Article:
Last Thursday, August 24th, the Irish Council for Civil Liberties (ICCL) wrote to the Minister for Finance and Public Expenditure and Reform seeking clarifications regarding the operation of the Public Service Card system. To date we have not receieved a substantive reply to this letter, and the various Government statements on this issue fail to address some core concerns.
The questions we directed to Minister Donohue were:
- Is it still the Government’s position that the Public Service Card is not mandatory, and that possession of, and application for, the Public Service Card is voluntary
- Is it the Government’s position that existing primary forms of identification verification – passport, driving licence etc. – can continue to be used to access all state services and payments? And, if so, will this be communicated to all relevant State agencies?
- Arising from questions 1 and 2 above, what is the status of the Government Decision, S180/20/10/1789 of 2013 which describes the Public Service Card as the State’s “standard identity verification scheme”?
- What is the legal status of the set of objectives set out in the Government’s e-Government Strategy 2017-2020, particularly those objectives set out in Annex B to that strategy, which propose to make the Public Service Card the primary identification verification system for a wide range of essential state service?
- What is the Government’s understanding of the distinction between a “mandatory system” and a “standard identity verification system” which applies to essential services?
We believe that the public deserves answers to each of these questions.
It has been the consistent position of ICCL that if the Irish Government wishes to introduce a mandatory national identity card, or if it wishes to change an existing identity system from a voluntary to a mandatory system, then it should put such a proposal before the Oireachtas in the form of primary legislation with an open public consultation process.
In any such debate, ICCL would set out the reasons why we have consistently opposed the introduction of mandatory national identification cards – as, indeed have a wide range of civil liberties and human rights organisations and legal experts in this jurisdiction and also in the United Kingdom where proposals for mandatory cards have been withdrawn.
We would argue:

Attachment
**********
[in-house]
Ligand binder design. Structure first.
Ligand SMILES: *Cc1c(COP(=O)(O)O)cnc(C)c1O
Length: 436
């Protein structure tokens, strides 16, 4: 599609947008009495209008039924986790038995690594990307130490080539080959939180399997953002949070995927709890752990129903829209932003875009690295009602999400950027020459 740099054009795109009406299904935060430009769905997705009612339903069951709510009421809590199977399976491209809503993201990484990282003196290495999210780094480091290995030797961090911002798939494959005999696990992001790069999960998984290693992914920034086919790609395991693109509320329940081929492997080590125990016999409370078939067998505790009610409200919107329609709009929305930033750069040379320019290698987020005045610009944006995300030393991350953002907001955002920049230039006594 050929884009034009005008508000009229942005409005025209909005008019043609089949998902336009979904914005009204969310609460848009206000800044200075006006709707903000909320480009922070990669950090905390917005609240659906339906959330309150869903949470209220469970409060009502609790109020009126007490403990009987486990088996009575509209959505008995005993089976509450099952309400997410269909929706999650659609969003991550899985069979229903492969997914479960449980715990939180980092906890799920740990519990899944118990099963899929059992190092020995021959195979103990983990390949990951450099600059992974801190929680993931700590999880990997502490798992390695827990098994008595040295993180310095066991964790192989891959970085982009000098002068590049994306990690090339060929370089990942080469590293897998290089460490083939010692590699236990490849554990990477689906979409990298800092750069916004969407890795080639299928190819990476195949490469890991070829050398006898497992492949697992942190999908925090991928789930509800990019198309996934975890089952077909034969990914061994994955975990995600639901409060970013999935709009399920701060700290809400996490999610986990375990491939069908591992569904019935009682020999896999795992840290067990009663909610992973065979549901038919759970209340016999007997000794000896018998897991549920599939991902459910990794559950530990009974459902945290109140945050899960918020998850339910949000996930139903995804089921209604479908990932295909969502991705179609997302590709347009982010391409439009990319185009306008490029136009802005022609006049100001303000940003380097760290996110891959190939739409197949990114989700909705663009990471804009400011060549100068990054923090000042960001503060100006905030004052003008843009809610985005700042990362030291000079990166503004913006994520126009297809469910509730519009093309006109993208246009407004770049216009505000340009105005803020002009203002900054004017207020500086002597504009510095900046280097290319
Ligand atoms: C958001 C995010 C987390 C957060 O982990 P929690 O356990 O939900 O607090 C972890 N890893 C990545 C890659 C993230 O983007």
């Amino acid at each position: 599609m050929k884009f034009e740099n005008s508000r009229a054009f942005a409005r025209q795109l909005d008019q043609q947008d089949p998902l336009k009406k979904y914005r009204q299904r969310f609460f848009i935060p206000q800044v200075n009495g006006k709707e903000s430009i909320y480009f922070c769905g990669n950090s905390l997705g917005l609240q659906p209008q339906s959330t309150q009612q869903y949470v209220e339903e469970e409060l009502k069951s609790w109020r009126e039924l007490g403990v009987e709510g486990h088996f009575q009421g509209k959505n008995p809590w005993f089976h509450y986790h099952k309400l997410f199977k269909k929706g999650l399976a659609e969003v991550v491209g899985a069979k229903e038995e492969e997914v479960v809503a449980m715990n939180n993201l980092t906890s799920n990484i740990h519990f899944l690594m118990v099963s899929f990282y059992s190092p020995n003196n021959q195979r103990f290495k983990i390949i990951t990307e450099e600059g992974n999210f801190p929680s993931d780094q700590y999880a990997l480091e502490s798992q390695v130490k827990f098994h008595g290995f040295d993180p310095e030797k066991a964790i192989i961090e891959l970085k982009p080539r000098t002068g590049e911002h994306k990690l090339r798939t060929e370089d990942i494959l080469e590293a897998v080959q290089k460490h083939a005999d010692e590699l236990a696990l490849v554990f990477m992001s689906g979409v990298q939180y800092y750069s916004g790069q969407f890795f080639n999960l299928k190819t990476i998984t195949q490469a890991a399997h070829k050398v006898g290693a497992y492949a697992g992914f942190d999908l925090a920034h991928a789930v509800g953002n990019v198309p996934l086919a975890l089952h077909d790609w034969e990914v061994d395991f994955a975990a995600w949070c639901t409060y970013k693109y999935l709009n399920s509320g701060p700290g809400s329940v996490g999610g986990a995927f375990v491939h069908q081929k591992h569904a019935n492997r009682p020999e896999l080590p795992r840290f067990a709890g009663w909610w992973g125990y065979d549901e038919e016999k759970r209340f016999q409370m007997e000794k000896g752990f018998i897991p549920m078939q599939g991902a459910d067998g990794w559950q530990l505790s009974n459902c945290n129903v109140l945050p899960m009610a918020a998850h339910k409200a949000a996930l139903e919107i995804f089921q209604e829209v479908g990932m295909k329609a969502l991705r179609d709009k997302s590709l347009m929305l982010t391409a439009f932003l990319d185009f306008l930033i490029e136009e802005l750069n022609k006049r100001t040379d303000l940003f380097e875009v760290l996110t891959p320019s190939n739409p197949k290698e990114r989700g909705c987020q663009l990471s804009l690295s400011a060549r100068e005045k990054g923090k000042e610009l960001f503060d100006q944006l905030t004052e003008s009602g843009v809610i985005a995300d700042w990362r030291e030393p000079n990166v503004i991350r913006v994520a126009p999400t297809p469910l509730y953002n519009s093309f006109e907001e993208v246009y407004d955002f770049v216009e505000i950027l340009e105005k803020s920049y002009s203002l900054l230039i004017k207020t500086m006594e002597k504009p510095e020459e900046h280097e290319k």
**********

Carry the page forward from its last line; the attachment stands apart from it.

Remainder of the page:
- that mandatory identity systems have been proven in many countries to be ineffective as a measure to combat crime and fraud;
- that such systems have been shown to disproportionately expensive to introduce and maintain relative to any cost savings that might accrue;
- that such systems of retention and control of sensitive personal data have also been shown to be intrusive and unsafe; and
- that, where possession or carrying of cards has become mandatory, the application of powers to produce cards has often been discriminatory and has aggravated existing inequalities.
We believe the extension of the requirement to use a Public Service Card to access a wider range of public services will have the effect of making the Public Service Card mandatory in every effective sense. In particular, we are concerned that making possession of a Public Service Card mandatory for persons seeking to apply for a passport or driving licence, will mean that failure or refusal to apply for Card will have the effect of excluding an individual from services which are intrinsic to the enjoyment of participative citizenship and fundamental human rights.
ICCL does not believe that there is any valid legal basis for refusing a payment to which a person is otherwise legally entitled where that person can prove their identity using other state documentation – passports or driving licence.
ICCL will continue to press Government on this issue and is working closely with colleagues at Digital Rights Ireland, Data Compliance Europe and with other independent experts to highlight the significant privacy concerns which are raised by this scheme.
For further information contact ICCL at email@example.com